Judaism from Cyrus to Hadrian, by Lester L. Grabbe. Vol. One: The Persian and Greek Periods; Vol. Two: The Roman Period. Fortress Press, Minneapolis, 1992. 722 pp. $29.95 each vol.; $56.95 for set. ISBN 0-8006-2619-2.
The Second-Temple Period of Jewish history (539/38 B.C.-A.D. 70) has become something of a growth industry in recent years. It is difficult to imagine a more important and formative time in Western culture: The epoch includes not only the latter parts of the Old Testament and the so-called intertestamental periods but much of the New Testament age as well. During those centuries Judaism developed in sundry ways and coped with various calamities, not least of which was the devastation wrought by the Romans when they sacked Jerusalem and destroyed the temple. The final years saw one small Jewish group, the followers of Jesus, begin to define themselves in relation to and over against the nation and religion in which they were born.
It is strange that in our age of endless publications, no one has written a full, academically respectable survey of the second-temple age and the innumerable problems it poses for those who study it. Histories of ancient Israel tend to peter out right after the return from exile, while New Testament histories generally take a quick run through the last 500 years B.C. or so as part of the de rigueur background material. The many specialized studies naturally treat only parts of it. Grabbe, who is Senior Lecturer in Old Testament and Early Judaism at the University of Hull in England, has now written a book that is intended to fill the need for comprehensive coverage between two (actually four in this case) covers. He tells us that he has written "...a handbook for students studying the history and religion of the Judean state during the Second Temple period" and "a two-volume reference work for scholars, especially those who work in the period but are specialists in only one aspect of it or those who do research in a neighboring discipline" (p. xxv). Grabbe should be commended for taking on tasks so formidable and for succeeding so well in completing them. Judaism from Cyrus to Hadrian should establish itself as one of those reference works that are kept ready to hand for easy access to a wide assortment of information about second-temple studies.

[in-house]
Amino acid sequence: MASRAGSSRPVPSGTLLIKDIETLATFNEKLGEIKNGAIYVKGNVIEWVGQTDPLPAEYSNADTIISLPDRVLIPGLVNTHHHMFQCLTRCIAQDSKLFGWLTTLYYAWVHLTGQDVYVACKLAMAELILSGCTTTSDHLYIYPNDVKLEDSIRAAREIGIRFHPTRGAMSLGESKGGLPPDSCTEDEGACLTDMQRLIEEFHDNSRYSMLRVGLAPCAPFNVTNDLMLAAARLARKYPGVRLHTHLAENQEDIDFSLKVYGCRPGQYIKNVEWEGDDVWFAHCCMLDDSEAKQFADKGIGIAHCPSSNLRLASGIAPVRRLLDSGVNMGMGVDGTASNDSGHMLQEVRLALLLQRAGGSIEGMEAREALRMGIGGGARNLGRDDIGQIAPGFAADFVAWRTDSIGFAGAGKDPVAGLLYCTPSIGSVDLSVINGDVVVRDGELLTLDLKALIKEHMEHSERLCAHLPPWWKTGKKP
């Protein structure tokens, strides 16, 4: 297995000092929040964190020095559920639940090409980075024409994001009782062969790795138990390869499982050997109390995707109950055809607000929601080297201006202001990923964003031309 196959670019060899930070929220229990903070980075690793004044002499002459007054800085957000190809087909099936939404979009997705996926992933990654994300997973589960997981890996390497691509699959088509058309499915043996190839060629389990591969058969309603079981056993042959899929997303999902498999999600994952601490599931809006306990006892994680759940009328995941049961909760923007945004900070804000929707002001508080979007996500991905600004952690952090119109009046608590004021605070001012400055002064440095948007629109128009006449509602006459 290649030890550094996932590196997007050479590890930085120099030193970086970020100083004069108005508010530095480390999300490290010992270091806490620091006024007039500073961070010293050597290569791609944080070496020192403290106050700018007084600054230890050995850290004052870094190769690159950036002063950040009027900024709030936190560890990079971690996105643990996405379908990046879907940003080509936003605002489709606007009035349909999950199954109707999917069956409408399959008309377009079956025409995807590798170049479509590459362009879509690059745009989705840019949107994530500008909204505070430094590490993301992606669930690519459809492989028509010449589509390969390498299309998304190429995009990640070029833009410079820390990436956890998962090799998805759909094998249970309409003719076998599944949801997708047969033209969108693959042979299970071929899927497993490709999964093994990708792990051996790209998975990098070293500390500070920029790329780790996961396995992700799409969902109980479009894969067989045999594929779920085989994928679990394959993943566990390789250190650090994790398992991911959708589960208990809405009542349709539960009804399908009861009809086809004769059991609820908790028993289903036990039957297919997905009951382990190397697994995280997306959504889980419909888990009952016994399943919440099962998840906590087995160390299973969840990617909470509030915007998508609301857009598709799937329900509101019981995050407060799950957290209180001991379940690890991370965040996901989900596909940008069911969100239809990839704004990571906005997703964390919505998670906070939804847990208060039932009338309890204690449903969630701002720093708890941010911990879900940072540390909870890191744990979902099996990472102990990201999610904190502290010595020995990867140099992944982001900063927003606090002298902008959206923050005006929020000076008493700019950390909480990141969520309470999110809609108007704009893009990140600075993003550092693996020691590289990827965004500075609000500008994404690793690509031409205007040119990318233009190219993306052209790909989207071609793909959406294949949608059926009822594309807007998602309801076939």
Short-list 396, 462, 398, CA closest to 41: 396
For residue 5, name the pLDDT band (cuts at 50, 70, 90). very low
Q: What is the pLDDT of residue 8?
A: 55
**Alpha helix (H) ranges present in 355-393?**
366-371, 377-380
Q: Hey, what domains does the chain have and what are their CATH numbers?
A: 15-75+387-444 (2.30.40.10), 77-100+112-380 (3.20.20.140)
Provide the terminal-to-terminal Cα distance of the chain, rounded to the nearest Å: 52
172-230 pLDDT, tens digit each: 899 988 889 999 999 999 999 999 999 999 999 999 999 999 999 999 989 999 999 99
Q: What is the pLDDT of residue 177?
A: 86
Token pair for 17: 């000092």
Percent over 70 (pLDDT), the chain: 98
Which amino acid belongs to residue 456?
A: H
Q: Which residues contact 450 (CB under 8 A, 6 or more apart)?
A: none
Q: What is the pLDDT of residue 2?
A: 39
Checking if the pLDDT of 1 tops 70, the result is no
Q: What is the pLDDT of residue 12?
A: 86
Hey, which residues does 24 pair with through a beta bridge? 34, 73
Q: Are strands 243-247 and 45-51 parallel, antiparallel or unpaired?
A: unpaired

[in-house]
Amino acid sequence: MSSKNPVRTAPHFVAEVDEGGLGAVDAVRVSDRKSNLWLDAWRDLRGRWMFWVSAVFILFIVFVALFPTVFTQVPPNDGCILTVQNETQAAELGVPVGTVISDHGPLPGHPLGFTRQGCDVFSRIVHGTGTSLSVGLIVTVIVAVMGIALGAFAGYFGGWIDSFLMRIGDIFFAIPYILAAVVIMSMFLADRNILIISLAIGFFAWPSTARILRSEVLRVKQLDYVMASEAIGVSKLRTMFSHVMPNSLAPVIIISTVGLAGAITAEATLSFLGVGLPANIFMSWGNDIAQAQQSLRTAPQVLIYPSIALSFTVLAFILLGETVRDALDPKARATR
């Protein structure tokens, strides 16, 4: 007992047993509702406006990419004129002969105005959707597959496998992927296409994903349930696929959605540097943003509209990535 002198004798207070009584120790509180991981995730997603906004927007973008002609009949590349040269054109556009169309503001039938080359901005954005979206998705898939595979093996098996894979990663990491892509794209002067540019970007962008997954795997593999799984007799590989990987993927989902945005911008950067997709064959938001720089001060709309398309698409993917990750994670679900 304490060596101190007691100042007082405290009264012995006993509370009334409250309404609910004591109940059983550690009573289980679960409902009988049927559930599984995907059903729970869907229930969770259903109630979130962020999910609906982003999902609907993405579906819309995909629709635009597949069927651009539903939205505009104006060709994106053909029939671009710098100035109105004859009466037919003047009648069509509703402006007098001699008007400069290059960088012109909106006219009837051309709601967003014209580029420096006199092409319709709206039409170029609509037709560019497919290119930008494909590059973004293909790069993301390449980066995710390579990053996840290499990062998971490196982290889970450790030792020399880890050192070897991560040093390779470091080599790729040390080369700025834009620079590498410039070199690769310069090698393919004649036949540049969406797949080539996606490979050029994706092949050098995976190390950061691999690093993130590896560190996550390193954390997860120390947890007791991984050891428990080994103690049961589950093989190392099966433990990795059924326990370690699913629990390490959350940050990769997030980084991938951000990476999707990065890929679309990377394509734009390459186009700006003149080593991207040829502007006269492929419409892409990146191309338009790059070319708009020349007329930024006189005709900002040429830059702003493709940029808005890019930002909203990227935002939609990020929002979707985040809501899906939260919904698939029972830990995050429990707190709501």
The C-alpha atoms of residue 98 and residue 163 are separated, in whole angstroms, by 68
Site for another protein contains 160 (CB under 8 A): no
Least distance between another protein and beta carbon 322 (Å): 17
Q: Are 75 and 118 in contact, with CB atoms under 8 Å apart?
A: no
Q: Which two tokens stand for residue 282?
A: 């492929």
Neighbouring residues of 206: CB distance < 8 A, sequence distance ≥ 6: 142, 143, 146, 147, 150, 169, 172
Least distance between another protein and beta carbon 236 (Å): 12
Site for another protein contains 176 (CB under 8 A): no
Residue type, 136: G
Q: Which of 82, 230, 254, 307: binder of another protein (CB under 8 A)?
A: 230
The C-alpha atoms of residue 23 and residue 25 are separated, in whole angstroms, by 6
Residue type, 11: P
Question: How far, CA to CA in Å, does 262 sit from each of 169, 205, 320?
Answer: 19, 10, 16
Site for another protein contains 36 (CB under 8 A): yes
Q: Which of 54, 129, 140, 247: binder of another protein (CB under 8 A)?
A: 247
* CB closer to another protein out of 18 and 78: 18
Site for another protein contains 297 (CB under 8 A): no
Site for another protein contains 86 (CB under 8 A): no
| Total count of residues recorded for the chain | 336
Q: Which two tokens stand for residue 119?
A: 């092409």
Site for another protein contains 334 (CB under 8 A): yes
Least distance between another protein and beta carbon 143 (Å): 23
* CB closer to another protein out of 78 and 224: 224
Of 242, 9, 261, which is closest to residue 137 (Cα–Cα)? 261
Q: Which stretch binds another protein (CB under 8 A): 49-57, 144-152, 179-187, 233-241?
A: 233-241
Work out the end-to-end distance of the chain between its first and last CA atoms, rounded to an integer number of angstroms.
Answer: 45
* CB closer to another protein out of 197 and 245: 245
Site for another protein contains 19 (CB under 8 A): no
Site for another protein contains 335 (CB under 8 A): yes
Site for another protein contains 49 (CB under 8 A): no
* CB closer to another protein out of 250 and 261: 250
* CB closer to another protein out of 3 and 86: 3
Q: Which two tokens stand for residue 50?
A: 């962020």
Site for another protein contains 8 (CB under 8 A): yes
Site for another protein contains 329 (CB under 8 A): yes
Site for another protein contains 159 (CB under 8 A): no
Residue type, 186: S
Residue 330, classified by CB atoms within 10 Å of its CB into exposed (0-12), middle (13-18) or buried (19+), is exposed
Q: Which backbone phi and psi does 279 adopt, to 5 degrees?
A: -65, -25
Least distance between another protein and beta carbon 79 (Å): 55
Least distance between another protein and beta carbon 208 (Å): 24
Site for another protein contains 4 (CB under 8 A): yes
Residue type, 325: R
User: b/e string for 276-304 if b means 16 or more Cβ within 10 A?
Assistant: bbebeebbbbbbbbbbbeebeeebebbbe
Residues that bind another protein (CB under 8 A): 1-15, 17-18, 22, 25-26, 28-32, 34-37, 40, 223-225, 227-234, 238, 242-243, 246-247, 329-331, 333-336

As the title and subtitles indicate, Grabbe has chosen a chronological arrangement for presenting the fruits of his study. The introductory chapter surveys the major ancient sources of information (written and unwritten) for the period (e.g., Josephus's writings) and offers what he calls a "Socioeconomic Overview." The remainder of the work is divided into nine chapters. The most substantial chapters, which also happen to be the more strictly historical ones, follow a set outline. Grabbe begins with a "Bibliographical Guide," that is, he lists the major secondary works about the period and offers brief comments on their value. The second element is "Sources,' a survey of the primary ancient sources from which we derive our knowledge about each period. The "Sources" sections are subdivided as needed, and the subsections are supplied with bibliographies and discussions. Third, Grabbe examines the more important historical issues that have arisen in study of the particular age and the views that experts have expressed on them. The last part is his synthesis of the data. This is the format for Chapters 2 (the Persian Period), 4 (Alexander, the Diadochi, and the Ptolemies), 5 (Seleucid Rule, the Maccabean Revolt, and the Hasmonean Priest-Kings), 6 (The Roman Conquest and Herod the Great), 7 (Province, Kingdom, Province--and the War with Rome), and 9 (Epilogue: To Bar Kokhba). The remaining chapters center about topics and are therefore organized somewhat differently. This is the case, of course, for the introductory chapter, but also for Chapters 3 (The Jews and Hellenization), 8 (Sects and Violence: Religious Pluralism from the Maccabees to Yavneh), and 10 (a survey of the Jewish Theocracy from Cyrus to Hadrian). …